hello.doLast {
    println 'Hello Mars'
hello << {
    println 'Hello Jupiter'

gradle -q hello の出力

> gradle -q hello
Hello Venus
Hello Earth
Hello Mars
Hello Jupiter

The calls doFirst and doLast can be executed multiple times. They add an action to the beginning or the end of the task's actions list. When the task executes, the actions in the action list are executed in order. The << operator is simply an alias for doLast.


6.8. 略記法Shortcut notations

As you might have noticed in the previous examples, there is a convenient notation for accessing an existing task. Each task is available as a property of the build script:


例6.11 ビルドスクリプトのプロパティとして既存のタスクにアクセスする


task hello << {
    println 'Hello world!'
hello.doLast {
    println "Greetings from the $hello.name task."

gradle -q hello の出力

> gradle -q hello
Hello world!
Greetings from the hello task.

This enables very readable code, especially when using the tasks provided by the plugins, like the compile task.


6.9. 拡張タスクプロパティ Extra task properties

You can add your own properties to a task. To add a property named myProperty, set ext.myProperty to an initial value. From that point on, the property can be read and set like a predefined task property.

独自のプロパティをタスクに追加することができます。例えば、myPropertyというプロパティを追加するには、ext.myPropertyに初期値を設定してください。 その時点で、このプロパティを定義済みのプロパティと同じように読み書きできるようになります。

例6.12 拡張プロパティをタスクに追加する


task myTask {
    ext.myProperty = "myValue"

task printTaskProperties << {
    println myTask.myProperty

gradle -q printTaskProperties の出力

> gradle -q printTaskProperties

Extra properties aren't limited to tasks. You can read more about them in 「拡張プロパティ Extra properties.

拡張プロパティを追加できるのは、タスクだけではありません。詳細については、「拡張プロパティ Extra propertiesを参照してください。

6.10. Antタスクの使用Using Ant Tasks

Ant tasks are first-class citizens in Gradle. Gradle provides excellent integration for Ant tasks by simply by relying on Groovy. Groovy is shipped with the fantastic AntBuilder. Using Ant tasks from Gradle is as convenient and more powerful than using Ant tasks from a build.xml file. From the example below, you can learn how to execute Ant tasks and how to access Ant properties:


例6.13 AntBuilderを使ってant.loadfileターゲットを実行する


task loadfile << {
    def files = file('../antLoadfileResources').listFiles().sort()
    files.each { File file ->
        if (file.isFile()) {
            ant.loadfile(srcFile: file, property: file.name)
            println " *** $file.name ***"
            println "${ant.properties[file.name]}"

gradle -q loadfile の出力

> gradle -q loadfile
*** agile.manifesto.txt ***
Individuals and interactions over processes and tools
Working software over comprehensive documentation
Customer collaboration  over contract negotiation
Responding to change over following a plan
 *** gradle.manifesto.txt ***
Make the impossible possible, make the possible easy and make the easy elegant.
(inspired by Moshe Feldenkrais)

There is lots more you can do with Ant in your build scripts. You can find out more in 17章GradleからAntを使う.


6.11. メソッドの使用Using methods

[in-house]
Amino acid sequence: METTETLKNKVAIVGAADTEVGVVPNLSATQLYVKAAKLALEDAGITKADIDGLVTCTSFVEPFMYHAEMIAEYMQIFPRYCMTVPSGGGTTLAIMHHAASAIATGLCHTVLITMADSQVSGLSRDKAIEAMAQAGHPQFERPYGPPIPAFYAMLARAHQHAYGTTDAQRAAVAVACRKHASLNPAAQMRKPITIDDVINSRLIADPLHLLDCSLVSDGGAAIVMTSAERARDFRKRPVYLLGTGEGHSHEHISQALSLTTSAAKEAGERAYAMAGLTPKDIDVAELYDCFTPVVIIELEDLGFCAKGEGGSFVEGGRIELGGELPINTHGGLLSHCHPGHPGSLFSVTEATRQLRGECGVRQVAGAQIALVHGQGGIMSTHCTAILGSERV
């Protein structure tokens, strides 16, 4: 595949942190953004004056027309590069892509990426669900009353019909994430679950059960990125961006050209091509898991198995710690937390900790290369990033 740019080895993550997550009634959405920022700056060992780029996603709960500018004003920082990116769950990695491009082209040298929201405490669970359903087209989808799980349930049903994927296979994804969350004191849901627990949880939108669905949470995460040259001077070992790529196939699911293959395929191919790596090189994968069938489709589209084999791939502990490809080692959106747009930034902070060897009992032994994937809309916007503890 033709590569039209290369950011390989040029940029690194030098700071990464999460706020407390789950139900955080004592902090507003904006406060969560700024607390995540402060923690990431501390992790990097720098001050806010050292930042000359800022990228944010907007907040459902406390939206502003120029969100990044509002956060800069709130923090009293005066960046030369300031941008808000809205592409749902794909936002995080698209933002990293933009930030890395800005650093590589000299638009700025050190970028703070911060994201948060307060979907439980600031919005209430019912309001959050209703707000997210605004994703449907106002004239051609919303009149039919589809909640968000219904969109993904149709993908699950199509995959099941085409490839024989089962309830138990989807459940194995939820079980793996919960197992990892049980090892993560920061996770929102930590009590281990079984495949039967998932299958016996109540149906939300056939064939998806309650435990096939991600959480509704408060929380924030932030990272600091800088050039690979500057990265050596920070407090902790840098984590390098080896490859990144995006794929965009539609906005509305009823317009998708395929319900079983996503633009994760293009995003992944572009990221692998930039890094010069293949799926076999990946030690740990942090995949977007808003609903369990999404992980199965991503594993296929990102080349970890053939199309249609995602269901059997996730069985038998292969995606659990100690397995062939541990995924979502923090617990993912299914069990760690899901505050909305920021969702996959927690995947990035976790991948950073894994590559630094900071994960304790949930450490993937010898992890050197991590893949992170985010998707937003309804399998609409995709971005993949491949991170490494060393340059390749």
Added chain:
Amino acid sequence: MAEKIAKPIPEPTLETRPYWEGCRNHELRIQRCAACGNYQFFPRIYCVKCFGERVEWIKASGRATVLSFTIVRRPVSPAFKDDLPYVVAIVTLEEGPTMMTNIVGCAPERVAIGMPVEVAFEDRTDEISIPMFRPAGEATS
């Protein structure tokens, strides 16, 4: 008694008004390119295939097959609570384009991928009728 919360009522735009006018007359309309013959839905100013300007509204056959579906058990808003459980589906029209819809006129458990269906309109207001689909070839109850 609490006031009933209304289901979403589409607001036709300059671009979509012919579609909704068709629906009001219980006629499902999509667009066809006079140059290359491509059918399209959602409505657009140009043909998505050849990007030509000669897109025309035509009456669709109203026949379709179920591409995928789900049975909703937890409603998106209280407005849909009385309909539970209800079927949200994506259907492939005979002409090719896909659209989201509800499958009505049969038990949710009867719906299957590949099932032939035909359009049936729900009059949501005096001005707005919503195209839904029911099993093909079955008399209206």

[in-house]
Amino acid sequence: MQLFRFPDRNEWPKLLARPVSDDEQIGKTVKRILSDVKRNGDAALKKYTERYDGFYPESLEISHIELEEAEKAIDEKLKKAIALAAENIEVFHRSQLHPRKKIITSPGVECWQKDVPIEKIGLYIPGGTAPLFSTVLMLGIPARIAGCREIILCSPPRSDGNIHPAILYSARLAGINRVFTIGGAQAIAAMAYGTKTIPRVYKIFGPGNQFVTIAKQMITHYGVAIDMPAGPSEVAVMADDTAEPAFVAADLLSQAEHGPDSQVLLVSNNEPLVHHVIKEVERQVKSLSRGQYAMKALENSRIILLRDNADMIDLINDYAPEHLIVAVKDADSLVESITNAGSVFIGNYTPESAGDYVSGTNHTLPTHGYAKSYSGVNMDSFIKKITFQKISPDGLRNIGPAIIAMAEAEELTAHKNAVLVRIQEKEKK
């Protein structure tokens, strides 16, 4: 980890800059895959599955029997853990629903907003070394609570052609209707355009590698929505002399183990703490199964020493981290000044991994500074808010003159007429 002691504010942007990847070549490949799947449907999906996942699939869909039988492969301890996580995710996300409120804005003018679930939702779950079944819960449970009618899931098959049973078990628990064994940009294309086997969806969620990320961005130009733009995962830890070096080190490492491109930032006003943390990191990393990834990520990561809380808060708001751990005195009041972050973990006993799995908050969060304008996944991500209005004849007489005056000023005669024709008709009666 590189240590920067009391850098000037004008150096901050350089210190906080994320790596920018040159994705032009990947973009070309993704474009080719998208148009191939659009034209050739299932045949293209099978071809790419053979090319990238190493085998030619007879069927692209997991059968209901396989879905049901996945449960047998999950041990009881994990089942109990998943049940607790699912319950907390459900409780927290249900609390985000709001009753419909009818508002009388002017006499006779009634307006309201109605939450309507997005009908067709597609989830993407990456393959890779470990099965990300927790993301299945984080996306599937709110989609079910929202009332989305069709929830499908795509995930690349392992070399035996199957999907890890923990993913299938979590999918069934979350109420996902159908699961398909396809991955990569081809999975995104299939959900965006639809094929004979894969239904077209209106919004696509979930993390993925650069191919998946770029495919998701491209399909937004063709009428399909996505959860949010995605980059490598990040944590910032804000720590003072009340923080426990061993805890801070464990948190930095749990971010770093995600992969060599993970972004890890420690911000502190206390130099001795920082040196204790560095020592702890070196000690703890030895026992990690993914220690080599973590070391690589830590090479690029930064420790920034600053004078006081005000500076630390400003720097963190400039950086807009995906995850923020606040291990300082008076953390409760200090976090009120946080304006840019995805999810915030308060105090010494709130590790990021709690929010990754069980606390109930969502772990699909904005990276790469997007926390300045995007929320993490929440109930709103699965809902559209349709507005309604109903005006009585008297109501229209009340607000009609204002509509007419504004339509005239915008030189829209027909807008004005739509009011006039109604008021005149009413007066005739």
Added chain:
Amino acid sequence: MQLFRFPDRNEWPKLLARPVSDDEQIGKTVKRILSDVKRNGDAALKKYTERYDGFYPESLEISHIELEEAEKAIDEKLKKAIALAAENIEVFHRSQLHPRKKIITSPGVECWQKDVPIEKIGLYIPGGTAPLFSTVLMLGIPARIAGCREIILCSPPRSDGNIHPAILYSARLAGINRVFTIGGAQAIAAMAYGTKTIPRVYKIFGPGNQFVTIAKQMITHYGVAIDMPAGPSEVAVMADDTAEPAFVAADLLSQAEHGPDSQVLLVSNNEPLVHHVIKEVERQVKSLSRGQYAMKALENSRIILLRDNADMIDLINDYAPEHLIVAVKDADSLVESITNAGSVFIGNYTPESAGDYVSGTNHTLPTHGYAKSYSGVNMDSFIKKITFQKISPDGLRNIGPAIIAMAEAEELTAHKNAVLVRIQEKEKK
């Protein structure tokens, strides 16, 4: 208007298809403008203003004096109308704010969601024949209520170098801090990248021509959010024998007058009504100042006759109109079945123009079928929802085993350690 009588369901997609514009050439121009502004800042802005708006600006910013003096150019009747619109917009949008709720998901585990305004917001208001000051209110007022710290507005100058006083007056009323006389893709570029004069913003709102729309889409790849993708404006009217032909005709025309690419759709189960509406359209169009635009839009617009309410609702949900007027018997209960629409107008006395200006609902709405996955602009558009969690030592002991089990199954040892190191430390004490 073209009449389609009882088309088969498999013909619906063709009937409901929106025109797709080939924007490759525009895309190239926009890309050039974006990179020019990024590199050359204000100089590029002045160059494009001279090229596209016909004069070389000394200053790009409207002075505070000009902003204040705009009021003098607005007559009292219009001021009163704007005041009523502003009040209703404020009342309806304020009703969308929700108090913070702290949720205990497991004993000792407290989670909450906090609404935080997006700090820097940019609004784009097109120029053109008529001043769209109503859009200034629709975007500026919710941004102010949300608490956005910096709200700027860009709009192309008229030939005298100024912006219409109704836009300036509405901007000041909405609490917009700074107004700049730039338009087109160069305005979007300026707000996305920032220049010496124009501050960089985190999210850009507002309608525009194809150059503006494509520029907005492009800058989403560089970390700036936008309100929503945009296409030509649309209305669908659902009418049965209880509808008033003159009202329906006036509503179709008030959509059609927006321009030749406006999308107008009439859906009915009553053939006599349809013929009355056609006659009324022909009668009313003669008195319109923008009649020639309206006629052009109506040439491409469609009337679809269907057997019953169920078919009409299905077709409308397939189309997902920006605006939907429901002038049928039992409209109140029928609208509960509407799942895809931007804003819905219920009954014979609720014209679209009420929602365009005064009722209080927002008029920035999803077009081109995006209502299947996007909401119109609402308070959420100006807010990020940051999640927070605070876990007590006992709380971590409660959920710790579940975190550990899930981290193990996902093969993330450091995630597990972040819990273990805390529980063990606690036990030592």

Gradle scales in how you can organize your build logic. The first level of organizing your build logic for the example above, is extracting a method.


例6.14 メソッドを抽出してビルドロジックを整理する


task checksum << {
    fileList('../antLoadfileResources').each {File file ->
        ant.checksum(file: file, property: "cs_$file.name")
        println "$file.name Checksum: ${ant.properties["cs_$file.name"]}"

task loadfile << {
    fileList('../antLoadfileResources').each {File file ->
        ant.loadfile(srcFile: file, property: file.name)
        println "I'm fond of $file.name"

File[] fileList(String dir) {
    file(dir).listFiles({file -> file.isFile() } as FileFilter).sort()

gradle -q loadfile の出力

> gradle -q loadfile
I'm fond of agile.manifesto.txt
I'm fond of gradle.manifesto.txt

Later you will see that such methods can be shared among subprojects in multi-project builds. If your build logic becomes more complex, Gradle offers you other very convenient ways to organize it. We have devoted a whole chapter to this. See 60章ビルドロジックの体系化.


6.12. デフォルトタスクDefault tasks

Gradle allows you to define one or more default tasks for your build.


例6.15 デフォルトタスクの定義


defaultTasks 'clean', 'run'

task clean << {
    println 'Default Cleaning!'

task run << {
    println 'Default Running!'

task other << {
    println "I'm not a default task!"

gradle -q の出力

> gradle -q
Default Cleaning!
Default Running!

This is equivalent to running gradle clean run. In a multi-project build every subproject can have its own specific default tasks. If a subproject does not specify default tasks, the default tasks of the parent project are used (if defined).

これは、gradle clean runと入力するのと同じです。マルチプロジェクトのビルドでは、すべてのサブプロジェクトが個別にデフォルトタスクを持つことができます。サブプロジェクトにデフォルトタスクが定義されていない時は、(定義されていれば)親プロジェクトの定義が使用されます。

6.13. DAGによる設定Configure by DAG

As we later describe in full detail (See 56章ビルドのライフサイクル) Gradle has a configuration phase and an execution phase. After the configuration phase, Gradle knows all tasks that should be executed. Gradle offers you a hook to make use of this information. A use-case for this would be to check if the release task is among the tasks to be executed. Depending on this, you can assign different values to some variables.


In the following example, execution of the distribution and release tasks results in different value of the version variable.


例6.16 選択したタスクによって異なる結果を得る


task distribution << {
    println "We build the zip with version=$version"

task release(dependsOn: 'distribution') << {
    println 'We release now'

gradle.taskGraph.whenReady {taskGraph ->
    if (taskGraph.hasTask(release)) {
        version = '1.0'
    } else {
        version = '1.0-SNAPSHOT'

gradle -q distribution の出力

> gradle -q distribution
We build the zip with version=1.0-SNAPSHOT

gradle -q release の出力

> gradle -q release
We build the zip with version=1.0
We release now

The important thing is that whenReady affects the release task before the release task is executed. This works even when the release task is not the primary task (i.e., the task passed to the gradle command).


6.14. 次のステップは?Where to next?

In this chapter, we have had a first look at tasks. But this is not the end of the story for tasks. If you want to jump into more of the details, have a look at 15章タスク詳解.


Otherwise, continue on to the tutorials in 7章Javaクイックスタート and 8章依存関係管理の基本 .

そうでなければ、7章Javaクイックスタート8章依存関係管理の基本 に進み、チュートリアルを続けてください。

[3] There are command line switches to change this behavior. See 付録D Gradle コマンドラインGradle Command Line)

[4] この動作はコマンドラインスイッチを使用して変更できます。付録D Gradle コマンドラインGradle Command Lineを参照してください。